There is a town in Northern Ireland that has an identity crisis. It doesn’t know whether to call itself Derry or Londonderry. But why?
After the dramatic sunset at Enniscrone, our next day took us east. We had one last stop before leaving the Republic of Ireland, a scenic hilltop called the Grianan of Aileach.
Atop the hill, we found a large stone fort. The exterior walls were in a ring 15 feet high, and once entering through a small gateway we found the interior containing terraced stone levels leading to the top of the walls. A small open field lay within, which presumably held barracks, storage, or other housing at the time of its building in the sixth or seventh century. Reconstruction occurred in the 1870s.
Regardless of the history, the fort had a timeless solidity and the view was splendid, leading downhill, and on to Derry/Londonderry.
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(Note: I may get some of the next bit wrong. To any British or Irish readers, if I screwed up, my apologies, and feel free to correct me in the comments.)
I suppose it’s possible that when folks think of that big green island called Ireland, they assume it’s all the same country. In fact, it is not.
Most of the island, and all of my Ireland posts so far, fall into the independent Republic of Ireland. A smaller, roughly circular segment taking a bite out of the northeast corner is Northern Ireland, which in turn is one of the country states that make up the United Kingdom (AKA the British). England, Scotland, and Wales fill out the UK. Northern Ireland is a historical accident, driven by the Brits trying to control Ireland, but not being entirely successful.
Part of this attempt included colonization, especially in the north, and many of the colonists followed the Protestant religion. Most of the resident Irish followed the Catholic religion. As a result there was a perfect storm, both political and religious, that has historically caused conflict in Northern Ireland and drives why Northern Ireland is a separate political entity from the Republic of Ireland.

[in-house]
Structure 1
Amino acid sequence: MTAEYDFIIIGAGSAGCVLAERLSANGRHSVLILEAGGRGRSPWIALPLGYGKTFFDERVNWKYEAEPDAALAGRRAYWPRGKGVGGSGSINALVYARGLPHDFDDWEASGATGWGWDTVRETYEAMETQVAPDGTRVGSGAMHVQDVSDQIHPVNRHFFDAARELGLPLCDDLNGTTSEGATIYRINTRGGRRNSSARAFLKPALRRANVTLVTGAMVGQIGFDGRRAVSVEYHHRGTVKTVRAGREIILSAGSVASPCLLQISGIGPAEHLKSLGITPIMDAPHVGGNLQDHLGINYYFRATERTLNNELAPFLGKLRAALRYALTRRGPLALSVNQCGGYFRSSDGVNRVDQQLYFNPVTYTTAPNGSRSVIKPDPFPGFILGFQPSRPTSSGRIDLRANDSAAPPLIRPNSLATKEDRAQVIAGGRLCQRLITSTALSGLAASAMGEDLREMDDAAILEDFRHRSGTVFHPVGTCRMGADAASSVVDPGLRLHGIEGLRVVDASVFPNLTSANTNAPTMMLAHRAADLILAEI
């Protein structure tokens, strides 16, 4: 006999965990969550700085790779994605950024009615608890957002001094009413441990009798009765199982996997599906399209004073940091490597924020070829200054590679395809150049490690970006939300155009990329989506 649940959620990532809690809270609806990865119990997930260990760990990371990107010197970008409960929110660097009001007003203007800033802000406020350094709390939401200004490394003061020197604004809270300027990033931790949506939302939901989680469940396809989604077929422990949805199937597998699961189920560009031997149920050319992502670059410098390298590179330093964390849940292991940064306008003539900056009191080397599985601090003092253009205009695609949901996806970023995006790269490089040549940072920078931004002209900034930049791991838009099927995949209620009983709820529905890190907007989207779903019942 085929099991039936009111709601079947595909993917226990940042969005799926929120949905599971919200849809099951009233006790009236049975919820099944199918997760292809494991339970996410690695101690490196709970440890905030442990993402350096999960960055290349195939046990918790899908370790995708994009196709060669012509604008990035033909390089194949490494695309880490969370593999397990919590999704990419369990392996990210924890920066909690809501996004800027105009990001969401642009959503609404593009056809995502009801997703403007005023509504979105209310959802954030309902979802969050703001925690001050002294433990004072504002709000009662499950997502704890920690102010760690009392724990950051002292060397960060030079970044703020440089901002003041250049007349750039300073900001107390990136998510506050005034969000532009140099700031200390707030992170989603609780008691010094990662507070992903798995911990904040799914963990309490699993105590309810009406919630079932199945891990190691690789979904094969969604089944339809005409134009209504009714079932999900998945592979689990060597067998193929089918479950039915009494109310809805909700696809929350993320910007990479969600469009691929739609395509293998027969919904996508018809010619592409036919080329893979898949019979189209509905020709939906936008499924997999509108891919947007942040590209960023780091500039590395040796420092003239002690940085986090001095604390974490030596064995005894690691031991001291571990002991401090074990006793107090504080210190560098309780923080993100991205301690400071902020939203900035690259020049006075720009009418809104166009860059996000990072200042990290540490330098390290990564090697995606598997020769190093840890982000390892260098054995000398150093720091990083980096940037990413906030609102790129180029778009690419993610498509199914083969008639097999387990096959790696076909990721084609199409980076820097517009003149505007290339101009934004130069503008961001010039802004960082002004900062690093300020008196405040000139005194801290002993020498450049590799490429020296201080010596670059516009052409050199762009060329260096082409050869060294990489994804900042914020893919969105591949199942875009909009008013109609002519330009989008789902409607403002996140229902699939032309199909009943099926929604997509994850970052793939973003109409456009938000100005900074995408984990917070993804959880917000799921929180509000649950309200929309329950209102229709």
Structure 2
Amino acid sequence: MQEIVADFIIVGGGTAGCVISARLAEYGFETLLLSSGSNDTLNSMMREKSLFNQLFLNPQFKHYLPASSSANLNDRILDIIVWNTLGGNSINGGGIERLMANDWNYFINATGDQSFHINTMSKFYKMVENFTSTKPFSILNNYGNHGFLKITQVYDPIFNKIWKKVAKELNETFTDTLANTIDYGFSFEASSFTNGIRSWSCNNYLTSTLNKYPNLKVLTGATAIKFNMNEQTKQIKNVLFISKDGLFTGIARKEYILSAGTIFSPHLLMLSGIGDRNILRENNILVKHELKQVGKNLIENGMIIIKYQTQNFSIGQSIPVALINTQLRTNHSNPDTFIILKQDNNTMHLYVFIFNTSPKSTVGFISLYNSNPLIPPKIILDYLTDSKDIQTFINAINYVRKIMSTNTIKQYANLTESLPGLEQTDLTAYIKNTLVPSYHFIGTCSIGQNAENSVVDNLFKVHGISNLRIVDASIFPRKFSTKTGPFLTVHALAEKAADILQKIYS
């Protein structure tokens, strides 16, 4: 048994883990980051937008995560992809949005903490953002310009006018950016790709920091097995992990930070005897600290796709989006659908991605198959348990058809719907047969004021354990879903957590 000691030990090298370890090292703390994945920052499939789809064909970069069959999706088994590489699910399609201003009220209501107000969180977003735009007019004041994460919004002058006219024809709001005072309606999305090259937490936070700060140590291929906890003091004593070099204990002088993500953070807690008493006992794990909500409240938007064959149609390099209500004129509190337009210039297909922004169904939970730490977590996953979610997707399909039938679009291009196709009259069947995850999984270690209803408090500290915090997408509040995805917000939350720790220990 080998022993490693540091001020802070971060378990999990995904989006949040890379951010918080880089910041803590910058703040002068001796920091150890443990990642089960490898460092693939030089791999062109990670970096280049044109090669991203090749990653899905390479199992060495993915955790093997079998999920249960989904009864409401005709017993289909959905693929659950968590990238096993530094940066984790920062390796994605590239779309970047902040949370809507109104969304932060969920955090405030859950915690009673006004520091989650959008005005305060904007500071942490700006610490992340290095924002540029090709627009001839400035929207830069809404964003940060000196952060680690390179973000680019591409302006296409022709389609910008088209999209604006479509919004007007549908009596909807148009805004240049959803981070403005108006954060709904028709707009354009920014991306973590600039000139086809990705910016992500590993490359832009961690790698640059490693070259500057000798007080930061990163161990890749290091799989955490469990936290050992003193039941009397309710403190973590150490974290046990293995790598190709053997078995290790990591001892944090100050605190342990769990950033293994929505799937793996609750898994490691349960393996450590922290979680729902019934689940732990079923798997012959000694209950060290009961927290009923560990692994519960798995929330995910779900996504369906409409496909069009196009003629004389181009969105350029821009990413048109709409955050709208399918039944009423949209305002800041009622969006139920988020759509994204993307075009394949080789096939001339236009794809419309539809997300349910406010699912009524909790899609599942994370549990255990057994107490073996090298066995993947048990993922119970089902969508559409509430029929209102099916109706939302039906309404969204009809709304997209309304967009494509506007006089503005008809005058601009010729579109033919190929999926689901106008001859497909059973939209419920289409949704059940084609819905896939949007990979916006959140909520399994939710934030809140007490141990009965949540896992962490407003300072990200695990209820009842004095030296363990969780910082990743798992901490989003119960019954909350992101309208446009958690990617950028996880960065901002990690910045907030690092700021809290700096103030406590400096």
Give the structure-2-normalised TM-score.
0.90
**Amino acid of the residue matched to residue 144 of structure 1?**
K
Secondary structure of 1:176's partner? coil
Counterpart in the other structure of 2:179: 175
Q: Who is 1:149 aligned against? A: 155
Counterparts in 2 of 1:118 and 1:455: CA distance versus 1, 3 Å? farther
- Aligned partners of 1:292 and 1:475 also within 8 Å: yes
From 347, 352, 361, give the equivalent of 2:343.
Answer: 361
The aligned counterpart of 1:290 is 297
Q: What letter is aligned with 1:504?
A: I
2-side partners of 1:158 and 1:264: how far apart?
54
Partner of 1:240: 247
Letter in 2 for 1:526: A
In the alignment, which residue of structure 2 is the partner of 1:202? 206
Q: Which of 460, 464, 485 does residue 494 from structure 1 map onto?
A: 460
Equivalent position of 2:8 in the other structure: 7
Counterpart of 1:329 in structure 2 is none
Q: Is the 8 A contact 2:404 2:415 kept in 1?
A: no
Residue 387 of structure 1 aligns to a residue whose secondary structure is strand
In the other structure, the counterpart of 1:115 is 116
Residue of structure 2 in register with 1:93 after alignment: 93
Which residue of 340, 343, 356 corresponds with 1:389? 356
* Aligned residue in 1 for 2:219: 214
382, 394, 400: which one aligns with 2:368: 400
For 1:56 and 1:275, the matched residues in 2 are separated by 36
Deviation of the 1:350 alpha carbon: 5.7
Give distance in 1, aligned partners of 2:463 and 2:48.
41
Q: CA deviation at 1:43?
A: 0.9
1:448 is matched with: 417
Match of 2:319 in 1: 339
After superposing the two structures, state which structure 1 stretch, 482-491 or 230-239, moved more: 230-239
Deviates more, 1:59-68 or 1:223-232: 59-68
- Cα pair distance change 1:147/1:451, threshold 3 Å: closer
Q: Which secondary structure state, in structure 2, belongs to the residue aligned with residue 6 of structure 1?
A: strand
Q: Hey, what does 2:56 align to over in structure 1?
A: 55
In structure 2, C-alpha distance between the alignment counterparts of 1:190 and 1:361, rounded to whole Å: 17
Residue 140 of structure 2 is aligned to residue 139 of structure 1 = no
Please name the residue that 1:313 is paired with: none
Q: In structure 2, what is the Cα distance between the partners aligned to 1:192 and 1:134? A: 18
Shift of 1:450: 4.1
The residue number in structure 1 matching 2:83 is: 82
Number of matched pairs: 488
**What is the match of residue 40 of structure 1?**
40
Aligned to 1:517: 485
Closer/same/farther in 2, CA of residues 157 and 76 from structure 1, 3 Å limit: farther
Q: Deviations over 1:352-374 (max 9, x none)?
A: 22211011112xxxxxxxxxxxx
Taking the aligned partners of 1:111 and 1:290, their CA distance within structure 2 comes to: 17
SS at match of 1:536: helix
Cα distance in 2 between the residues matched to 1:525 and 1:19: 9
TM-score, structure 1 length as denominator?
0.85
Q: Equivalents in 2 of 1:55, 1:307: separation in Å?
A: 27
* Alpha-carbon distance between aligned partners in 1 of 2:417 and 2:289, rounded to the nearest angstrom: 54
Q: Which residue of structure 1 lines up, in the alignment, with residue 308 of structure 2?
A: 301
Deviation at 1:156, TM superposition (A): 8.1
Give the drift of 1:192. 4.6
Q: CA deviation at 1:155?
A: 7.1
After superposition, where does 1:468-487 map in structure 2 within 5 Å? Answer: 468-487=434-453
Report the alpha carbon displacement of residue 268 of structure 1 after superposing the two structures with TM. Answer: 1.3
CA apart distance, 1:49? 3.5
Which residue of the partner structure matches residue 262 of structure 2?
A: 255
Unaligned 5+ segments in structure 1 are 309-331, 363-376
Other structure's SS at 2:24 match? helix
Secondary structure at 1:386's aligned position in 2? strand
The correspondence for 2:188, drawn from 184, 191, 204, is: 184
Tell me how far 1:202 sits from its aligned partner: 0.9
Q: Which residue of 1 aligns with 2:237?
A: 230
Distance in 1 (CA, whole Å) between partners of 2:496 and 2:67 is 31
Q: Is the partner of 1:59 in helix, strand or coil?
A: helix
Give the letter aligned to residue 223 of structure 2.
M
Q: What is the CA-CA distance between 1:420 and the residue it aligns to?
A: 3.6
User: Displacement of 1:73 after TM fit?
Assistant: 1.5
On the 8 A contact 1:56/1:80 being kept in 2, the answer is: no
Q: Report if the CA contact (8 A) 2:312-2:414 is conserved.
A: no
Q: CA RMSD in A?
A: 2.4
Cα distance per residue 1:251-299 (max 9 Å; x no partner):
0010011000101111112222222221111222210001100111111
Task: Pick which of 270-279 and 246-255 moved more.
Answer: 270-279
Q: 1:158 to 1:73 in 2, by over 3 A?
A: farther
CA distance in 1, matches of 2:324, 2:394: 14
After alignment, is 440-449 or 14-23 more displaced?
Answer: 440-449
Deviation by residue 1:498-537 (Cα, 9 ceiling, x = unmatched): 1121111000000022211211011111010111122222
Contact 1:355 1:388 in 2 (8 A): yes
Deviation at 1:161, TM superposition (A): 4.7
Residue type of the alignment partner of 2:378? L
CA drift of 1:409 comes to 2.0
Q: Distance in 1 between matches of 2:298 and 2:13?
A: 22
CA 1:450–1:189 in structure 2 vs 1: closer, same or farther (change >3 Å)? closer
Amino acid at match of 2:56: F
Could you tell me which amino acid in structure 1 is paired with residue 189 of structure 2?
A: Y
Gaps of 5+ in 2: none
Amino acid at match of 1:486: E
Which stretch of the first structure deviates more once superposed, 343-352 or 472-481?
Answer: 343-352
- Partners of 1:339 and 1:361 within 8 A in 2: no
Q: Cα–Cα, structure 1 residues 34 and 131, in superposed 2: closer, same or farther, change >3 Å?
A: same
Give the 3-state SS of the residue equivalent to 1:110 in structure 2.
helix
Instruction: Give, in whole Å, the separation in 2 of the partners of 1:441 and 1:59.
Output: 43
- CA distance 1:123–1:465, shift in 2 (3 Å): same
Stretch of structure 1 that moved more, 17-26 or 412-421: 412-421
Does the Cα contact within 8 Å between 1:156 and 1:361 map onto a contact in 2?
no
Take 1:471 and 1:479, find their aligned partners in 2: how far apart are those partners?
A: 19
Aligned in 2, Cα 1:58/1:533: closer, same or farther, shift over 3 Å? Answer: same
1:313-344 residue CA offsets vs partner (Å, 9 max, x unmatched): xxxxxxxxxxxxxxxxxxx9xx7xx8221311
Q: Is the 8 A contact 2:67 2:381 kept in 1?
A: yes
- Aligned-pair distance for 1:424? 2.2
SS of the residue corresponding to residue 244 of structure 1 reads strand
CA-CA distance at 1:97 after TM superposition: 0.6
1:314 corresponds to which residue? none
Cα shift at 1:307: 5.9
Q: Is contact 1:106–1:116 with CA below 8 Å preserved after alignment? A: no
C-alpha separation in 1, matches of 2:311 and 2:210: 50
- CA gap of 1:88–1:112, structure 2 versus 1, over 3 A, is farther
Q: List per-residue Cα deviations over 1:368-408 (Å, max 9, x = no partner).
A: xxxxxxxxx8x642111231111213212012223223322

Although the hostilities that resulted in the Republic of Ireland gaining its independence occurred in the 1920s, they go way back. Consider the name Londonderry. Traditionally the name of the burg is Derry (Doire, when first established). In 1623, as an offshoot of colonization, they renamed the town Londonderry in honor of the London based livery companies that backed it. 500 years later this is still controversial, even though the town exists on the UK side of the border. Officially it’s Londonderry, but most of the locals call it Derry (including the city council.)
Fast forward from the 20s to 1969. Although the nationalists (folks who’d like the whole of Ireland to be united) were in the majority, the unionists (folks loyal to the United Kingdom) were in control, thanks to gerrymandering and what Americans would call “the old boy network.” Unemployment and overcrowding in nationalist areas led to disillusionment, marches, and a massive riot called the Battle of Bogside. This event triggered an ongoing problem that was called “the Troubles”, with the IRA and the British Army in the middle of it. Derry/Londonderry, being on the UK side of the border but having a nationalist majority was a powder keg. Many folks think Belfast was the center point of the Troubles. But they had simply migrated from Derry/Londonderry over time, and by the early 1990s Belfast had taken center stage.
It’s not all bad news. Eventually, the IRA and the Brits made peace. New generations of kids are being born, and the segregation that so deeply separated the predominantly Catholic nationalists from the predominantly Protestant unionists isn’t always as strictly enforced. Religious convictions aren’t as strong and close-minded. Folks tired of the violence, and while they love their country, they love their kids more and want them to be safe.
Areas that used to be battlegrounds, or somewhere you wouldn’t dare go at night are now touristy.
This is the pipe organ at city hall, AKA the Guildhall. City hall was a regular target during the Troubles, and has since had extensive renovations.
It’s not all rainbows and unicorns. Politicians being politicians, stubbornness and ideology still build walls. Northern Ireland’s Assembly hasn’t met since January 2017 due to a snit fit between parties. (And we thought the US Congress was a mess.)
Hanging over it all, Brexit. Currently, the only thing that flags the border between the Republic of Ireland and Northern Ireland is a Welcome to Ireland sign with the speed limit in miles per hour (60) instead of kilometers per hour. You don’t even have to slow down. Brexit could change this, add border stops, create division. They’ve discussed a “soft Brexit”, but it doesn’t seem to go anywhere. Most of the people don’t want a hard border, but the politicians are more enamored of their ideology and egos than the overall good of the people.
Sounds uncomfortably familiar.
Still, they’ve resolved bigger problems. People used to kill each other, now they’re merely acting like spoiled brats. “If I can’t win everything, I won’t play.” Seems like, if the grown-ups stand up and say enough is enough (and vote the hardcore ideologues, demagogues, and other riff-raff out), they can once again build bridges, and peace can replace the bad attitudes.
We can only hope.